Don't settle for surrogates

Are you being misled by surrogate goals?

Photo by London Scout on Unsplash 

How far are you willing to stray from wellbeing to reach a goal?

In medicine, the term surrogate end points or surrogate goals is often used to develop and evaluate treatments. For example, cholesterol levels are commonly used as surrogate goals when we want to reduce cardiovascular mortality. Surrogate end points can be a useful short cut in research and treatment, but they can also be misleading.

Sometimes, for example in the case of ventricular arrhythmia, the use of surrogate goals led to drug treatments that actually increased the risk of death instead of lowering it (Fleming & DeMets, 1996, Annals of Internal Medicine, vol. 125, nr. 7, pp. 605-613).

In everyday life, we all use surrogate goals, sometimes not even realizing it. We want to be successful, for example, and in pursuit of success, we look to certain achievements such as good grades, promotions, financial wealth etc. that we consider to be milestones for success.

If we ask people what they want most of all, many say ”happiness”. We want to live a good life and be well. But this elusive, subjective end goal is difficult to live by. So we use surrogate goals such as wealth, success, popularity, strength or attractiveness instead. And that's where it gets tricky, because we risk confusing the means with the end.

Working hard for something makes us overestimate the importance of it. We believe that we must reach success, celebrity etc. in order to ever be happy. We even risk choosing the surrogate over the happiness it was supposed to bring, so that we consider getting a promotion a more serious and real pursuit than trying to increase the joy in our life.

An example of this can be found in the graph pictured. It is part of a report titled ”The Children We Mean to Raise” from Harvard on their national survey of the values of American youth. This showed that a majority of young Americans value achievement over concern for others and over happiness. This illustrates how our modern culture has made achievement a virtue so important that it eclipses all other goals.

From the Harvard research project "The Children We Mean To Raise."

Is that really what we want for our children – or for ourselves? To prioritize achievement, even at the cost of happiness? Do we believe it will be worth it? That at the end of achievements, wealth, and beauty lies happiness?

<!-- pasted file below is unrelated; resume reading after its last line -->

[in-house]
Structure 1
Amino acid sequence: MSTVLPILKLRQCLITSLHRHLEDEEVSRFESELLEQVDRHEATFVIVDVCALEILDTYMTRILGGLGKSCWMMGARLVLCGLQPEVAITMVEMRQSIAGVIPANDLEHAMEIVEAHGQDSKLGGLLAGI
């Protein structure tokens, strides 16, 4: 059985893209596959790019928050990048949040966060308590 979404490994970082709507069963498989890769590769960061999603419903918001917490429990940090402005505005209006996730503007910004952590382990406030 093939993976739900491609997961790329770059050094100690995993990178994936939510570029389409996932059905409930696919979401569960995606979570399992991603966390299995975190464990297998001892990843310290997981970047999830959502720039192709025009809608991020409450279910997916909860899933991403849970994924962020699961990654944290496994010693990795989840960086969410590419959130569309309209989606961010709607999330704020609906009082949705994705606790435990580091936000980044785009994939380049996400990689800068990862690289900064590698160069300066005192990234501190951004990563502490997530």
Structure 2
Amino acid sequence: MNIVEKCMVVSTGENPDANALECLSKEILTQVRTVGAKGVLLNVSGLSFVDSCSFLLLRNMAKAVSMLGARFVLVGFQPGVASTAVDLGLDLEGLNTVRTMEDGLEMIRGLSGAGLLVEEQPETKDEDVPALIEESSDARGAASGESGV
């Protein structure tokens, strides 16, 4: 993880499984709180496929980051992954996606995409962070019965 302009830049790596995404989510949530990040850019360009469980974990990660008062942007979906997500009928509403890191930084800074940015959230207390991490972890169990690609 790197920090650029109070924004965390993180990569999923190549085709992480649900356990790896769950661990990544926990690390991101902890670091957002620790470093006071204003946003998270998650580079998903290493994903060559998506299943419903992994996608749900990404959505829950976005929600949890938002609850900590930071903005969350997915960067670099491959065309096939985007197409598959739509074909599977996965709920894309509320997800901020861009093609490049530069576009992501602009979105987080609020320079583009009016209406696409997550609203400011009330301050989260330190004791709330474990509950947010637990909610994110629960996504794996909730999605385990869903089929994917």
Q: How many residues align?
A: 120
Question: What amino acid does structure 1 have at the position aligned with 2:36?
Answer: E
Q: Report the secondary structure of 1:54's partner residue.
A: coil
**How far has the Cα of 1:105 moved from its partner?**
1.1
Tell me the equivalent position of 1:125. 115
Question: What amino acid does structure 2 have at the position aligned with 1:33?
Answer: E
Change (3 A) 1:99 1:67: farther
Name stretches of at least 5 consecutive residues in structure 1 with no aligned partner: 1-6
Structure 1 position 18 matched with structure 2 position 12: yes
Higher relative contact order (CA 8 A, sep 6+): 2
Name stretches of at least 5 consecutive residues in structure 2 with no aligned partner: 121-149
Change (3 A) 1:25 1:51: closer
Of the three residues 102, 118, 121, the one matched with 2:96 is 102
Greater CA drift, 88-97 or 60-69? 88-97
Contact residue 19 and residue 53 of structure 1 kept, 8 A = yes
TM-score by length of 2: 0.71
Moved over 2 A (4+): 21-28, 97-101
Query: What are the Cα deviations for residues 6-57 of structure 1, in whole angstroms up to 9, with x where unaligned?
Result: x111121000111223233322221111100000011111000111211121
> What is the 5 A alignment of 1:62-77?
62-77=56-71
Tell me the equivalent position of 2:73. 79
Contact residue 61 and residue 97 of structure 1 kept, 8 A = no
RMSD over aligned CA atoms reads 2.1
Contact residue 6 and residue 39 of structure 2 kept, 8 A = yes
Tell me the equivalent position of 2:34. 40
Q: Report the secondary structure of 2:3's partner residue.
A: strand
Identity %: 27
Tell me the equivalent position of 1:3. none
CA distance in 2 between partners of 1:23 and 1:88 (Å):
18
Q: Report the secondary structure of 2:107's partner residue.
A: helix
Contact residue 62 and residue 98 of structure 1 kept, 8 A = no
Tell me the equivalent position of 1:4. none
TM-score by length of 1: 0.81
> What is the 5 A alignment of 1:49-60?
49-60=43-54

The disappointing fact is that these goals do not necessarily bring happiness with them. We can have wonderful careers, accrue great wealth, be celebrated by multitudes, and still not be happy. In fact, all our hard work can lead us further away from wellbeing, not closer to it.

We rush through our lives, pushing ourselves to perform regardless of how we feel. We accept both mental and physical pain, because that is how we think we can get to the good life waiting just beyond. We even pride ourselves with having endured. Some see stress and no time for sleep as emblems of success, not just poor decision-making. Do we want to perpetuate this perception of what a human life is about?

If we don't want this for our children, we ourselves have to change. We can tell our kids that it is more important to be happy and spend time with people we love than to be successful, but if we don't walk the talk, they'll be walking right in our stressed, anxious and depressed footprints.

With my clients, I have the motto ”live the life you wish your children to have”. This is not an easy guideline, but it sometimes makes it easier not to be swept away in the rat race of modern life.

It allows us to examine our goals to distinguish surrogates from real goals, means from ends. To not accept goals just because everybody else is running towards them, but instead to be willing to go against the current to pursue happiness, even at the expense of achievement. If not for our own wellbeing, then for the next generation's. Let's change that graph. 

Kamilla Lange is a clinical psychologist, a mindfulness instructor, and an external lecturer for US college students. She is also the author of a book on mindful eating called Vind Kampen mod Vægten. She is based in Copenhagen, Denmark.

Career Advice, Children, Community, Decision Making, Health and Wellness